The New Razer Blade Review
The New Razer Blade is Razer's 14" high-end, portable, VR-ready, gaming laptop that became available for purchase in October of 2016. It's powered by Intel's 6th Generation Core i7-6700HQ Quad-Core Processor (2.6GHz / 3.5GHz) with Hyper-Threading and NVIDIA's GeForce GTX 1060 GPU(6GB GDDR5 VRAM) based on the Pascal Architecture. The laptop contains 16GB of dual-channel system memory(2133 MHz) and a PCIe-based SSD with options of 256GB, 512GB and 1TB. It has a Unibody Aluminum Chassis that's 0.70" thick and weighs about 4.16lbs. It includes Killer Wireless 802.11ac communication and Bluetooth 4.1. It charges off of a 165W compact power adapter and comes with a one-year warranty.
Design/Chassis: A lot of work went into the design of The New Razer Blade and its design will impress virtually anybody, this is one sleek looking laptop. The smooth CNC aircraft grade aluminum chassis is light and highly durable; it's denseness, matte black finish with rounded edges and signature glowing Razer symbol on the top give the laptop a high-end, expensive look. Even though It's marketed as a "gaming laptop", to those who just want a high-powered laptop to do some video, sound or photo editing, it could easily pass for an alternative to the MacBook Air. It sets the standard for how a modern, portable gaming laptop should look: attractive and sophisticated, without drawing too much attention to itself.
The hinge of the laptop feels strong and the lid rotates on the fulcrum smoothly without juddering or any abnormal noises. The lid snaps shut securely but since it sits flush with the bottom half of the chassis it's somewhat difficult to open the lid from the sides but there is an indentation on the front of the laptop to allow you to easily open the lid.
It's very light and comfortable to hold and carry around. It feels like an expensive machine just holding it but one thing you'll notice soon enough after picking it up are the fingerprints.. It's not uncommon to metal laptops but if you're like me and can't stand the site of them, you'll be cleaning the Razer Blade quite often. It also has two 11" long rubber seats that run along the bottom side of the laptop.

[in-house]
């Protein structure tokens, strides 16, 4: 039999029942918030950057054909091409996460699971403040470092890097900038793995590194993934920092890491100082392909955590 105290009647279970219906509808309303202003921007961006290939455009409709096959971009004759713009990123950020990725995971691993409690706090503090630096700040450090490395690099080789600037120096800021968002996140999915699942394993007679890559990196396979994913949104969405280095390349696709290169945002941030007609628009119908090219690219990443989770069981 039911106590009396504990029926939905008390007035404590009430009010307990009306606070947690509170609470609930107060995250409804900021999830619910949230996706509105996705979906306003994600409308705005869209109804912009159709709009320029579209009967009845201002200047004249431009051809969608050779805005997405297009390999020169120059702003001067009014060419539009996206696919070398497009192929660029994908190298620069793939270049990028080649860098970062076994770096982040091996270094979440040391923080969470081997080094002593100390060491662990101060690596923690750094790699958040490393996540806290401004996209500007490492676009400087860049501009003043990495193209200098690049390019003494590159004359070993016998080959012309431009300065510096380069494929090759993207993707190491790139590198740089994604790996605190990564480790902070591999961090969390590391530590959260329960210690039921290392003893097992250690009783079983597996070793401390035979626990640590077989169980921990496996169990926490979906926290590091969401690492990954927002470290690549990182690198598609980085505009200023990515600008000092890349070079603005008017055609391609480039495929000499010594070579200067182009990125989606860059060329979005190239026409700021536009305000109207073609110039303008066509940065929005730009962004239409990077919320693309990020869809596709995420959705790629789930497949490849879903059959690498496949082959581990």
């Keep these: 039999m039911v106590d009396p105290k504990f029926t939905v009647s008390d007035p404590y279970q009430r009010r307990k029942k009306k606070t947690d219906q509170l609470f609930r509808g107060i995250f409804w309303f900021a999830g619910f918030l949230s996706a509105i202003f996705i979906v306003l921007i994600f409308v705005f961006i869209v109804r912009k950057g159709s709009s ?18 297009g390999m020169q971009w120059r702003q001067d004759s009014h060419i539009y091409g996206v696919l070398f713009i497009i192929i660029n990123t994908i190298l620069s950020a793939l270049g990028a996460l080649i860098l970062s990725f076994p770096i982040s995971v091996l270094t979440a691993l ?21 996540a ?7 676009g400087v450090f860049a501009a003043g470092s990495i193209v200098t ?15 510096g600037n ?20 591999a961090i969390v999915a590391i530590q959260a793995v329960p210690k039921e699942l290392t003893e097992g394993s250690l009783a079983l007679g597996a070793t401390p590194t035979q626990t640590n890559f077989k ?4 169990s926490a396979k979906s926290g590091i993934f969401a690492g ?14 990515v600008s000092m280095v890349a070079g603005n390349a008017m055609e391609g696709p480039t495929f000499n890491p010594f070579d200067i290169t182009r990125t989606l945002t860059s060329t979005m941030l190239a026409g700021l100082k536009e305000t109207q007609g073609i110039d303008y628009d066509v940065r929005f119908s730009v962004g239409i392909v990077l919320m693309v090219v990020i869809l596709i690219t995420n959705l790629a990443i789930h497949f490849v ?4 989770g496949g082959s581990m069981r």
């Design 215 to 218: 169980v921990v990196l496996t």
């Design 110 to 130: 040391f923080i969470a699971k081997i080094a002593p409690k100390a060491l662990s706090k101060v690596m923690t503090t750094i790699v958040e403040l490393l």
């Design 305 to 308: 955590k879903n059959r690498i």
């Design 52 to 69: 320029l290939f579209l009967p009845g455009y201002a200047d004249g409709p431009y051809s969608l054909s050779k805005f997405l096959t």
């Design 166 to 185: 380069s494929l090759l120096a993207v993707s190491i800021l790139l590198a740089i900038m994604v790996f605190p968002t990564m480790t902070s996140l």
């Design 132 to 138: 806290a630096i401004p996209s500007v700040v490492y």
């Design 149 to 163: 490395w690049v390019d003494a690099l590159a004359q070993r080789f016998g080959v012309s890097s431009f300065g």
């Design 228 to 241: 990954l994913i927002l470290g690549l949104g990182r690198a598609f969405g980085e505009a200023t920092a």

It seems to be scratch resistant as well. Before anybody cringes, of course I haven't tried to purposely scratch the paint of a $2K laptop but once or twice over the course of two months, something accidentally fell onto or scrapped the laptop and it left no visible marks—to my relief, as you would imagine.
Display: The 14" screen for the Full HD model of The New Razer Blade(which I'm reviewing here) is a 1920x1080 matte/non-glossy display and does not have touch screen capability. In comparison, the QHD+ version of the New Razer Blade sports a 3200x1800 glossy IGZO(Indium Gallium Zinc Oxide) capacitive touch-screen display.
For this 14" screen, the 1080p resolution is more than sufficient, the screen looks gorgeous. Spending the extra amount for the same 14" but at a higher resolution isn't necessary. The non-reflective screen for this Full HD version makes it more suitable for use in both the sunlight outside and dark environments; I used this New Razer Blade outside in the sun a number of times and while not 100% perfectly readable, the glare on a matte screen is much less a problem compared to a glossy screen. Images appear very crisp and bright, the screen responds quickly, reading a large amount of text is comfortable on the eyes and the screen is easily viewable from either side angle—which is one of its best features and a great attribute if friends are gathered around watching you game or your playing a video. I streamed a handful of movies such as Casino Royal, Iron Man and Finding Dory and each one of them looked great. The blacks are deep and the colors are bright and vibrant without looking washed. In the end, it's a stunning IPS display for the New Razer Blade.
Audio/Sound: It's more than likely that you will be using your own set of external speakers or headphones on the laptop but the quality of the internal stereo speakers is only decent. While I haven't noticed any distortion from the speakers—even with the volume very loud—and higher pitched sound effects come through clearly, the lower end is certainly lacking(bass, explosions and so forth). Compared to say, my four year old Dell XPS L502x laptop that contains a small 12 watt JBL subwoofer on the bottom. The sound from the Razer Blade speakers isn't going to be the best you've ever heard but they're adequate for on the go multimedia and can get quite loud. The Razer Blade does come with Dolby Digital Plus Software with presets for gaming, movies, ect. But don't expect them to enhance the quality all that much.
Keyboard & Touchpad: The keyboard is a solid design and one of the best I've ever used. The keys have short, punchy travel and bouncy return. The keys are slightly noisier than my Dell XPS laptop but quieter than an average desktop keyboard and there no flex or bend to the panel when typing, It's structurally sound.